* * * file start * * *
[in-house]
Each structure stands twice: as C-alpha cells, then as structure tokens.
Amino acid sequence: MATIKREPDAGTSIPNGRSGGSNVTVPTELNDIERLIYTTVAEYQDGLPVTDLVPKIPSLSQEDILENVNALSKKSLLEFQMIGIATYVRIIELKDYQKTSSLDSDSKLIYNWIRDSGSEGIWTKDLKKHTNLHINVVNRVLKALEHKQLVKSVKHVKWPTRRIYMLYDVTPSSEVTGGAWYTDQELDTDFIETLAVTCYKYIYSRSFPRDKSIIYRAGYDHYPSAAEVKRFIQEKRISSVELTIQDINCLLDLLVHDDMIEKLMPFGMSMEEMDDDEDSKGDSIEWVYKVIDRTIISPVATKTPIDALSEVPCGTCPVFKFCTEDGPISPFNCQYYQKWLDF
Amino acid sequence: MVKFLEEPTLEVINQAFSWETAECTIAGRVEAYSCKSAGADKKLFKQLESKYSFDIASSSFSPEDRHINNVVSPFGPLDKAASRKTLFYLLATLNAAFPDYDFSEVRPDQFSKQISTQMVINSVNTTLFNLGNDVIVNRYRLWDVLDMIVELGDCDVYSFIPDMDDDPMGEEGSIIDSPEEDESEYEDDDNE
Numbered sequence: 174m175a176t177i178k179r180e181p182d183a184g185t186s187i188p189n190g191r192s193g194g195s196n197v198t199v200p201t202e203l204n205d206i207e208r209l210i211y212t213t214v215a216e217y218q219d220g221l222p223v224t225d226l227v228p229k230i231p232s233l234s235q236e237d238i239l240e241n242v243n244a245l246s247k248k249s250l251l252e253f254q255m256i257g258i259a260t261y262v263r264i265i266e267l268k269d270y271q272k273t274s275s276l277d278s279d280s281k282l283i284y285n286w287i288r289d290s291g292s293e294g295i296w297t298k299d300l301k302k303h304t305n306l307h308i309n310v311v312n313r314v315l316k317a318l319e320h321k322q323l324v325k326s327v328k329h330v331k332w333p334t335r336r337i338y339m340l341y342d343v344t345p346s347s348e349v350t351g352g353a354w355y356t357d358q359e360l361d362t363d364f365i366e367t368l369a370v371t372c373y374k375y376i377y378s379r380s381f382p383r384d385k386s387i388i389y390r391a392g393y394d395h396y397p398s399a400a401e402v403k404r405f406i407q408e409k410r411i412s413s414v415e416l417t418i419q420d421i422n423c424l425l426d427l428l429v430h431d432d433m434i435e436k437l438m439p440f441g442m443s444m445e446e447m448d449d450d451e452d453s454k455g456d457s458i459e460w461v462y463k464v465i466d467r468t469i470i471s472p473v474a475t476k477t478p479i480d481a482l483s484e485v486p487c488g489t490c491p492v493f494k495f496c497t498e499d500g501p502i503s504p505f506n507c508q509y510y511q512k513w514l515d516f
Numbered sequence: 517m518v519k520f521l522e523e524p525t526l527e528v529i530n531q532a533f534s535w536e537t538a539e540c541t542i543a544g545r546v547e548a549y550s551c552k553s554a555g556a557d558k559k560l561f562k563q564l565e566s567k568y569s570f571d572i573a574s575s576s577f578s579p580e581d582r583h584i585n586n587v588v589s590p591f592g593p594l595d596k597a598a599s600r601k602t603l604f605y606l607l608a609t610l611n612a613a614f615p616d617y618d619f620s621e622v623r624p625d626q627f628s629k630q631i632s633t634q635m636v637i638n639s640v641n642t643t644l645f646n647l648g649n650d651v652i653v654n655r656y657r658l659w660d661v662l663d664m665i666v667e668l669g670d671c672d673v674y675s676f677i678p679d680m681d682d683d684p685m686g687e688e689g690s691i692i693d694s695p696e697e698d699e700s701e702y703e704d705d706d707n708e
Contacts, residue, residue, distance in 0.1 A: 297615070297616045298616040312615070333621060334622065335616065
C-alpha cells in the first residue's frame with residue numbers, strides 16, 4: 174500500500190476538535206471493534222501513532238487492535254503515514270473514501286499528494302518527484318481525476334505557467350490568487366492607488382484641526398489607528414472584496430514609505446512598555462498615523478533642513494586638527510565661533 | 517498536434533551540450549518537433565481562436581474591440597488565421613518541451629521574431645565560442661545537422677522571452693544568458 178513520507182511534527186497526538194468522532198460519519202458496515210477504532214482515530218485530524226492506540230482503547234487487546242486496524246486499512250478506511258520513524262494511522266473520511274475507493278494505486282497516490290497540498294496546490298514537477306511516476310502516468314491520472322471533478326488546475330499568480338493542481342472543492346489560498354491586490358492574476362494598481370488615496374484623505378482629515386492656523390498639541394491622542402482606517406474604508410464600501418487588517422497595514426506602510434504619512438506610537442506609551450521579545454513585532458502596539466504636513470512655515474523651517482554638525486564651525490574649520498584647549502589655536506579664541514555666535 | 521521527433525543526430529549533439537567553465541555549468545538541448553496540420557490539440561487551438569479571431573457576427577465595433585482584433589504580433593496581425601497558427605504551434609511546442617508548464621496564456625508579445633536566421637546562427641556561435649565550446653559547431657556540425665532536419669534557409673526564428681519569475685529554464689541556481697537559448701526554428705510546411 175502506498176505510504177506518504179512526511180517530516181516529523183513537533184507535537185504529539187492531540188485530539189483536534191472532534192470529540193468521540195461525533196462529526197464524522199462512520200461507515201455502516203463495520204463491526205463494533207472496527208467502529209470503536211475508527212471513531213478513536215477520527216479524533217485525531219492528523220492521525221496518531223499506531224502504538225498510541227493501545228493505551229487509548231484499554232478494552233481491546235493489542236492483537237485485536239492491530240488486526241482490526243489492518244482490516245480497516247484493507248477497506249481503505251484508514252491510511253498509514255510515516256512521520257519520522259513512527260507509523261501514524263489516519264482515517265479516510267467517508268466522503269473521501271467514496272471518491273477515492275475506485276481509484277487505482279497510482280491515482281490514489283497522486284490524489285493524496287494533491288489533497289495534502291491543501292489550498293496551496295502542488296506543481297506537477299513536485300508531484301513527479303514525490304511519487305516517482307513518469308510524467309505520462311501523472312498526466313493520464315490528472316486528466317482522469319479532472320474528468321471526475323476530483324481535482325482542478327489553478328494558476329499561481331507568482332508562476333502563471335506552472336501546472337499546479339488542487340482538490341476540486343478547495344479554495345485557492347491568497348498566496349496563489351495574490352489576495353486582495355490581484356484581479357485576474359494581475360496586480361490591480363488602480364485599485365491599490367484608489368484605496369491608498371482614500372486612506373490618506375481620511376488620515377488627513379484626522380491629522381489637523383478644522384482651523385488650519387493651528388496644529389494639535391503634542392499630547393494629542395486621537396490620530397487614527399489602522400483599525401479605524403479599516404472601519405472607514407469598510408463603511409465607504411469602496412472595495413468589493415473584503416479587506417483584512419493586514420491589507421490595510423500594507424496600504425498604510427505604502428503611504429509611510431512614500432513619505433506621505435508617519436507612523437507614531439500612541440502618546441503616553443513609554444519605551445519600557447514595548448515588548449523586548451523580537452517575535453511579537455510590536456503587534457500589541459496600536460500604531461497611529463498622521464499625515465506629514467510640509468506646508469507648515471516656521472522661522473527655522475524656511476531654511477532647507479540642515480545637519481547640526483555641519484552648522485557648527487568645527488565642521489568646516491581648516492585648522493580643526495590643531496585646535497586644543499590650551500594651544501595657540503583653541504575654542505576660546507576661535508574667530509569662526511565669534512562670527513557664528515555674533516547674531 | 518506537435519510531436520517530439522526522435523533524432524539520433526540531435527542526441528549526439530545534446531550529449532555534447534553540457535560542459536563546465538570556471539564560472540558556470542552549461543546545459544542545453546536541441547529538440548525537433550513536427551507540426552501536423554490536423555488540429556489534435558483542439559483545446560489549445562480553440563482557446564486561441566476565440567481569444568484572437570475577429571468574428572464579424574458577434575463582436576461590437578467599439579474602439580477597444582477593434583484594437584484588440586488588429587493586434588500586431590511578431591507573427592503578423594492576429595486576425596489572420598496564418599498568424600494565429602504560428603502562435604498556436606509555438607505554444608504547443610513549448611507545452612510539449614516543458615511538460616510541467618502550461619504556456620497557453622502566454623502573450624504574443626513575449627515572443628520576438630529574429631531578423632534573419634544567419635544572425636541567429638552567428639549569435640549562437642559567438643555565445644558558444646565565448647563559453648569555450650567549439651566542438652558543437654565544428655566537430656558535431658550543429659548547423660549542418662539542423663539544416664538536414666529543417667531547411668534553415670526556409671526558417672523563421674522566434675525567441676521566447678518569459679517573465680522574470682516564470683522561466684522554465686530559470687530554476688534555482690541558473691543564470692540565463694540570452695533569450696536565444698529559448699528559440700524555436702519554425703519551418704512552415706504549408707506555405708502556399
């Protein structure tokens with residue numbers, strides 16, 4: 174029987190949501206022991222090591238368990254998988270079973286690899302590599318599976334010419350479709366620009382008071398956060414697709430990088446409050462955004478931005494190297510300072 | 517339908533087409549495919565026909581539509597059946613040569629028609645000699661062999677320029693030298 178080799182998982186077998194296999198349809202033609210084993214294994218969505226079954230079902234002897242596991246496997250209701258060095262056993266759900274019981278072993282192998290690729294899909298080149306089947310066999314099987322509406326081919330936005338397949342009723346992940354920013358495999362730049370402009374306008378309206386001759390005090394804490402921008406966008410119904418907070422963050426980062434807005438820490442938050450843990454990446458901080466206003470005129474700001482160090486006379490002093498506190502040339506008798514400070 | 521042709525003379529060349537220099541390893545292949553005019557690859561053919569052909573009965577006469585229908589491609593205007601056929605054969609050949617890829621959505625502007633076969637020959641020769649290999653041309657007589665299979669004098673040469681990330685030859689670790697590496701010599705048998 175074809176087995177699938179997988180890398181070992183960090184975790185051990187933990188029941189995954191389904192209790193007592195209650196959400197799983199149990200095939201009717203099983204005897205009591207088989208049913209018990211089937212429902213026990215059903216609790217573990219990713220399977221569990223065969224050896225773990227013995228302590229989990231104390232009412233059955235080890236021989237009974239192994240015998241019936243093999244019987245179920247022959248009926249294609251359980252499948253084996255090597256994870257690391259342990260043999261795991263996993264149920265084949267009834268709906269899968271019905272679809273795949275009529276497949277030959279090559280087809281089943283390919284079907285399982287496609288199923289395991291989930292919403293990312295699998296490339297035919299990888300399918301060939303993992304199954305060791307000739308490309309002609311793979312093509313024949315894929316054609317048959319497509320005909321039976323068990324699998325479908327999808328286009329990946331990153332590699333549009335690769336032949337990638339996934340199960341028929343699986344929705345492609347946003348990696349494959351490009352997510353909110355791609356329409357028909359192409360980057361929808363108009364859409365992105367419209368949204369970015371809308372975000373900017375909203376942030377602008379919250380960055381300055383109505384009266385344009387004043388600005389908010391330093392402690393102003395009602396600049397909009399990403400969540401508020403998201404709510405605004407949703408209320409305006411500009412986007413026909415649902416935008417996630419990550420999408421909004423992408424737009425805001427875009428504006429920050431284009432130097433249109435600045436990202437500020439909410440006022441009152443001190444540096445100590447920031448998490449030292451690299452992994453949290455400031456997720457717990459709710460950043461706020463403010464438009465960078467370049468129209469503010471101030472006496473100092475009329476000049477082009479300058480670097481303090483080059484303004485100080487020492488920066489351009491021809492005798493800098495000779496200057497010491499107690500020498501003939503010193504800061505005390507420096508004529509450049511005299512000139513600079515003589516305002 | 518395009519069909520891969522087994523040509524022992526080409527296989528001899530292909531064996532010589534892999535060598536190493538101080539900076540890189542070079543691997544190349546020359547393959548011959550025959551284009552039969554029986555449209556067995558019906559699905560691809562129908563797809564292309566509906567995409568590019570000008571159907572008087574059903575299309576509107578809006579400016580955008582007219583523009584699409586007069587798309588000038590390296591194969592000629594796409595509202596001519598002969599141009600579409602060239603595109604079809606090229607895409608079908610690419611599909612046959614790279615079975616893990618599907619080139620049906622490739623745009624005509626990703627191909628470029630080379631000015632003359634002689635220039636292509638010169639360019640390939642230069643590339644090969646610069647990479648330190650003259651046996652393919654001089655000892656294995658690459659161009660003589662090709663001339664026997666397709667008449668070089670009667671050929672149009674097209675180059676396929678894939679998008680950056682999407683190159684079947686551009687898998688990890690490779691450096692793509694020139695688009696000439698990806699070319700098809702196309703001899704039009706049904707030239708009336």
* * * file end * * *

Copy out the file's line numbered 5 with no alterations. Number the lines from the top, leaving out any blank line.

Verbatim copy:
Numbered sequence: 174m175a176t177i178k179r180e181p182d183a184g185t186s187i188p189n190g191r192s193g194g195s196n197v198t199v200p201t202e203l204n205d206i207e208r209l210i211y212t213t214v215a216e217y218q219d220g221l222p223v224t225d226l227v228p229k230i231p232s233l234s235q236e237d238i239l240e241n242v243n244a245l246s247k248k249s250l251l252e253f254q255m256i257g258i259a260t261y262v263r264i265i266e267l268k269d270y271q272k273t274s275s276l277d278s279d280s281k282l283i284y285n286w287i288r289d290s291g292s293e294g295i296w297t298k299d300l301k302k303h304t305n306l307h308i309n310v311v312n313r314v315l316k317a318l319e320h321k322q323l324v325k326s327v328k329h330v331k332w333p334t335r336r337i338y339m340l341y342d343v344t345p346s347s348e349v350t351g352g353a354w355y356t357d358q359e360l361d362t363d364f365i366e367t368l369a370v371t372c373y374k375y376i377y378s379r380s381f382p383r384d385k386s387i388i389y390r391a392g393y394d395h396y397p398s399a400a401e402v403k404r405f406i407q408e409k410r411i412s413s414v415e416l417t418i419q420d421i422n423c424l425l426d427l428l429v430h431d432d433m434i435e436k437l438m439p440f441g442m443s444m445e446e447m448d449d450d451e452d453s454k455g456d457s458i459e460w461v462y463k464v465i466d467r468t469i470i471s472p473v474a475t476k477t478p479i480d481a482l483s484e485v486p487c488g489t490c491p492v493f494k495f496c497t498e499d500g501p502i503s504p505f506n507c508q509y510y511q512k513w514l515d516f